Watson's Biblical & Theological Dictionary
a new birth; that work of the Holy Spirit by which we experience a change of heart. It is expressed in Scripture by being born again, John 3:7; born from above; being quickened, Ephesians 2:1; by Christ being formed in the heart, Galatians 4:19; by our partaking of the divine nature, 2 Peter 1:4 . The efficient cause of regeneration is the divine Spirit. That man is not the author of it, is evident from John 1:12-13; John 3:4; Ephesians 2:8; Ephesians 2:10 . The instrumental cause is the word of God, James 1:18; 1 Peter 1:23; 1 Corinthians 4:15 . The change in regeneration consists in the recovery of the moral image of God upon the heart; that is to say, so as to love him supremely and serve him ultimately as our highest end, and to delight in him superlatively as our chief good. The sum of the moral law is to love the Lord our God with all our heart, and soul, and strength, and mind. This is the duty of every rational creature; and in order to obey it perfectly, no part of our inward affection or actual service ought to be, at any time, or in the least degree misapplied. Regeneration consists in the principle being implanted, obtaining the ascendancy, and habitually prevailing over its opposite. It may be remarked, that though the inspired writers use various terms and modes of speech in order to describe this change of mind, sometimes terming it conversion, regeneration, a new creation, or the new creature, putting off the old man with his deeds, and putting on the new man, walking not after the flesh, but after the Spirit, &c; yet it is all effected by the word of truth, or the Gospel of salvation, gaining an entrance into the mind, through divine teaching, so as to possess the understanding, subdue the will, and reign in the affections. In a word, it is faith working by love that constitutes the new creature, the regenerate man, Galatians 5:6; 1 John 5:1-5 . Regeneration is to be distinguished from our justification, although it is connected with it. Every one who is justified, is also regenerated; but the one places us in a new relation, and the other in a new moral state. Our Lord, in one instance, uses the term regeneration for the resurrection state: "Ye which have followed me, in the regeneration, when the Son of man shall sit on the throne of his glory, ye also shall sit upon twelve thrones, judging," Matthew 19:28 . And, accordingly, Dr. Campbell translates the passage thus: "At the renovation, when the Son of man shall be seated on the glorious throne, ye, my followers, sitting also upon twelve thrones, shall judge." We are accustomed, says he to apply the term solely to the conversion of individuals; whereas its relation here is to the general state of things. The principal completion will be at the general resurrection, when there will be, in the most important sense, a renovation or regeneration of heaven and earth, when all things shall become new.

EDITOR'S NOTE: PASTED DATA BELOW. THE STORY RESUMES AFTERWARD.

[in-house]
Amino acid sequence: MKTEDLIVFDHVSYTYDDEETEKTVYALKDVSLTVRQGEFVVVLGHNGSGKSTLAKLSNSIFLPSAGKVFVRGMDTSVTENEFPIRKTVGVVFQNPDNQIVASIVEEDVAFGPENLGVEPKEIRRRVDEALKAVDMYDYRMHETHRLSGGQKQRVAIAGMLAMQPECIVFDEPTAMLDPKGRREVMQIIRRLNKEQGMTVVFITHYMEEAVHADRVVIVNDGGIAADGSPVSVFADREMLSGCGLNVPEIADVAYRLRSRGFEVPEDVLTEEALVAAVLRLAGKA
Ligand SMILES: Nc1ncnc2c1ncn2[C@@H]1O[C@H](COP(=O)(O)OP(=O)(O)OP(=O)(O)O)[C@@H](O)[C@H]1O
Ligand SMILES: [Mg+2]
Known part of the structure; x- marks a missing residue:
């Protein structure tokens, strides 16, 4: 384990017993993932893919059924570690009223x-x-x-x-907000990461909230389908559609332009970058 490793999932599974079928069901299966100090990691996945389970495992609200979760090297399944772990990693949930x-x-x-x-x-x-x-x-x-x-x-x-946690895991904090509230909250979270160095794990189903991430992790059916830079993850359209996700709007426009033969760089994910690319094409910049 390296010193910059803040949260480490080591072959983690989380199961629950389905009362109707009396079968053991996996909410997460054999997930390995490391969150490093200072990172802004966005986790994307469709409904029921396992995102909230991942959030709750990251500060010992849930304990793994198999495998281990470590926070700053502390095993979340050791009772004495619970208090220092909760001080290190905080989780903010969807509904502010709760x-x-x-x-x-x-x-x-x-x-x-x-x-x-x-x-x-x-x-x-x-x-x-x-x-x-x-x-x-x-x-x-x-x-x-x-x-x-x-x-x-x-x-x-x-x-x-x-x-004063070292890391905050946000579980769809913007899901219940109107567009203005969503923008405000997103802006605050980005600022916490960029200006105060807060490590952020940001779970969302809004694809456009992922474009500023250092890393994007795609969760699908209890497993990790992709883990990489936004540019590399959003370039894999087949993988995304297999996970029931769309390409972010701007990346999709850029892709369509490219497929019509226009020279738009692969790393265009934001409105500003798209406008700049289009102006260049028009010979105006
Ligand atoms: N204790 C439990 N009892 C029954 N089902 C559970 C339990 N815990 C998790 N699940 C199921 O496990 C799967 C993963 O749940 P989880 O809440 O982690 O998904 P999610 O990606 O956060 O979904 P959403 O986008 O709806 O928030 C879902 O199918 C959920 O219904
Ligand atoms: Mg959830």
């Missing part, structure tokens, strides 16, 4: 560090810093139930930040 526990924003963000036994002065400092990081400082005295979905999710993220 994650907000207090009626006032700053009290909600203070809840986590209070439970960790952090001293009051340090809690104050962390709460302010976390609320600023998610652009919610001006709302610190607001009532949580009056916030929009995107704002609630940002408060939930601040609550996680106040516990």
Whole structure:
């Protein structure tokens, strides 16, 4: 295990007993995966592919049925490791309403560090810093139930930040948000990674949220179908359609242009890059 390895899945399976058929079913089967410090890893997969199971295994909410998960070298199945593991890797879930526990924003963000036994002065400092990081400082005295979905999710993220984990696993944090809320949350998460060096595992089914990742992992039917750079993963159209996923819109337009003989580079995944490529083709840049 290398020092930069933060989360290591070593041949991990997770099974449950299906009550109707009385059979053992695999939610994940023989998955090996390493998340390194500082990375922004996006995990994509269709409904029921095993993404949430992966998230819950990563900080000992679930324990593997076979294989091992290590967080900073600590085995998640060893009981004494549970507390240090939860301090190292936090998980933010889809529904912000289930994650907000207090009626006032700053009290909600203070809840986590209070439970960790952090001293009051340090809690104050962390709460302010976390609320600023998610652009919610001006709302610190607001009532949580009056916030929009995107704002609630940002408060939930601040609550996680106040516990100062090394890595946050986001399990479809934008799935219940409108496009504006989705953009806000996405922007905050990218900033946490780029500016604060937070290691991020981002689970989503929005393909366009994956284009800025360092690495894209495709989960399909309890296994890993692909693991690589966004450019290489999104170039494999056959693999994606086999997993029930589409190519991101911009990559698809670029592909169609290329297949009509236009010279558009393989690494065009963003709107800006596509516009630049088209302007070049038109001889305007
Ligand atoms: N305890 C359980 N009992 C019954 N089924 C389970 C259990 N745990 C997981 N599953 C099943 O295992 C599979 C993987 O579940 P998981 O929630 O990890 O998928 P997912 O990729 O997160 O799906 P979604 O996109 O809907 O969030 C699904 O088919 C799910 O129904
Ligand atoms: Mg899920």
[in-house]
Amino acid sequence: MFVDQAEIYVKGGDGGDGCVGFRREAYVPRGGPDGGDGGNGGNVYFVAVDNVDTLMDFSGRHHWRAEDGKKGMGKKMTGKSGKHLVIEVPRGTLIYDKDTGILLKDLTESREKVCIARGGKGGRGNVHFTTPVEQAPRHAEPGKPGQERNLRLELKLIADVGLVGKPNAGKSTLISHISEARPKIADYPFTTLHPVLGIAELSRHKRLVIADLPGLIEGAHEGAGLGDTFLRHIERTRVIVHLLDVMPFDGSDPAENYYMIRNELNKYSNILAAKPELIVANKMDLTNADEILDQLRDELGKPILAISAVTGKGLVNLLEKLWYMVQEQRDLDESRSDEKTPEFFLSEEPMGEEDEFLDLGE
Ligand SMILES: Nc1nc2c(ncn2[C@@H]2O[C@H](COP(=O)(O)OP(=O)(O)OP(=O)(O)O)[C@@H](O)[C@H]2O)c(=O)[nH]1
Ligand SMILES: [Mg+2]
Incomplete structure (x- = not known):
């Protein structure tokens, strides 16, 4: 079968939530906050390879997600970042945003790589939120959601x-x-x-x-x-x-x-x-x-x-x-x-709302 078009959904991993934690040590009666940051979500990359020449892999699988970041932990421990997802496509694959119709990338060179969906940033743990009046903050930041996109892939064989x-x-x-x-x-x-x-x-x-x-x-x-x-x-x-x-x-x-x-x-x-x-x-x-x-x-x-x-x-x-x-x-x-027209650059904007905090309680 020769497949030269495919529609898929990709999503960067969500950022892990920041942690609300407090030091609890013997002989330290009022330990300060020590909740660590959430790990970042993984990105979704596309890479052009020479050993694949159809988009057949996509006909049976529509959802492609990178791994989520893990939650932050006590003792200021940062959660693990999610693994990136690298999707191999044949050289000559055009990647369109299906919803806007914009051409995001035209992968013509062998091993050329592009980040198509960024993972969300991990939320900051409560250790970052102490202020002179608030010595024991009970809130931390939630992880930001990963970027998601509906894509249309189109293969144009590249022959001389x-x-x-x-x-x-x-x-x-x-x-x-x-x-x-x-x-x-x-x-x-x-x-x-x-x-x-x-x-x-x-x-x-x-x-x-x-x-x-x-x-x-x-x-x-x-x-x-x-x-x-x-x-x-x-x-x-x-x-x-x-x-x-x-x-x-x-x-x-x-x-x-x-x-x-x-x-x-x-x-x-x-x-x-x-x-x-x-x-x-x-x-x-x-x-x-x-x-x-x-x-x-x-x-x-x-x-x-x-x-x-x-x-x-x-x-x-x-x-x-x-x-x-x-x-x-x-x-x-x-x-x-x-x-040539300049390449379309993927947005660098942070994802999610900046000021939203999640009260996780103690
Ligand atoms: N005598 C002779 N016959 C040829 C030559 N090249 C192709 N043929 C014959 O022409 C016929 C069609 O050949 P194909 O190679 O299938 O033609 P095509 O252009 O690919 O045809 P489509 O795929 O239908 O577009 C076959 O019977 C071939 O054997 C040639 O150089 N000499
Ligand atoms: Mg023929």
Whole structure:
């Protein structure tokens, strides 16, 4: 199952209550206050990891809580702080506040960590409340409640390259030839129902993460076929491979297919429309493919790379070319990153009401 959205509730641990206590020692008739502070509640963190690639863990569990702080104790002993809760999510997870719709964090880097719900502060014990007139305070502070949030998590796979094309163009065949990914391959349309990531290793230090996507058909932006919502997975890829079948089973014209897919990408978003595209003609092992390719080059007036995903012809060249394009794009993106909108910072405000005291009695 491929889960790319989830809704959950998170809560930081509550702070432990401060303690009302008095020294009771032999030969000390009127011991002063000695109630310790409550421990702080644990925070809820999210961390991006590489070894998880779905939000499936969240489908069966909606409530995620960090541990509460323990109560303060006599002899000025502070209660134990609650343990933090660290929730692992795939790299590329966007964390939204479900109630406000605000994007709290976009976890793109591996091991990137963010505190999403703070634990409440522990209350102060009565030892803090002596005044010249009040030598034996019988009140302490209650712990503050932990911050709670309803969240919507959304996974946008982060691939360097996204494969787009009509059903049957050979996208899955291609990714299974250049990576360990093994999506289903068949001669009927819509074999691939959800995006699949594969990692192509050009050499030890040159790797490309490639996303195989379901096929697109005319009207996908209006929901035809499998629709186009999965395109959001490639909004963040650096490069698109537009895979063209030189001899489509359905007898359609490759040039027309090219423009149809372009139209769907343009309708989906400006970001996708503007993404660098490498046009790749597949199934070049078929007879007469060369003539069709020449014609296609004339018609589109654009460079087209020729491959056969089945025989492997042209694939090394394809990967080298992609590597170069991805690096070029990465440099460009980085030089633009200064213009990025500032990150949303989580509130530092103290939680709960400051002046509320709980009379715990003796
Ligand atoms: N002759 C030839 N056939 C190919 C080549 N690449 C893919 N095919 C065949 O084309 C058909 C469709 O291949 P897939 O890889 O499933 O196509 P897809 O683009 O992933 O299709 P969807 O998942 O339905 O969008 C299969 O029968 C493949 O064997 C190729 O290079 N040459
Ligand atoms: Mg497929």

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Watson, Richard. Entry for 'Regeneration'. Richard Watson's Biblical & Theological Dictionary. https://www.studylight.org/dictionaries/eng/wtd/r/regeneration.html. 1831-2.